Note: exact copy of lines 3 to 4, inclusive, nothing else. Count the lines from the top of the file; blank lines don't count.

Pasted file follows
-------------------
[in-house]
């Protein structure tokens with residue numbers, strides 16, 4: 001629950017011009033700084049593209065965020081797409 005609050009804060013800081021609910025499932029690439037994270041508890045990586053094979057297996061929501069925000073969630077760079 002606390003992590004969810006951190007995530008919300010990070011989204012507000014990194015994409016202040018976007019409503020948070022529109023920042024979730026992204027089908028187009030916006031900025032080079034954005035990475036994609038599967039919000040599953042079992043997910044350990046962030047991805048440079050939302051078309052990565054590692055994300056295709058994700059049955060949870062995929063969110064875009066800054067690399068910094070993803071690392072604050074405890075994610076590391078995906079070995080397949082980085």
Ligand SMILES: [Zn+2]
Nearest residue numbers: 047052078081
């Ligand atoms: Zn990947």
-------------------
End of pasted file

Ligand SMILES: [Zn+2]
Nearest residue numbers: 047052078081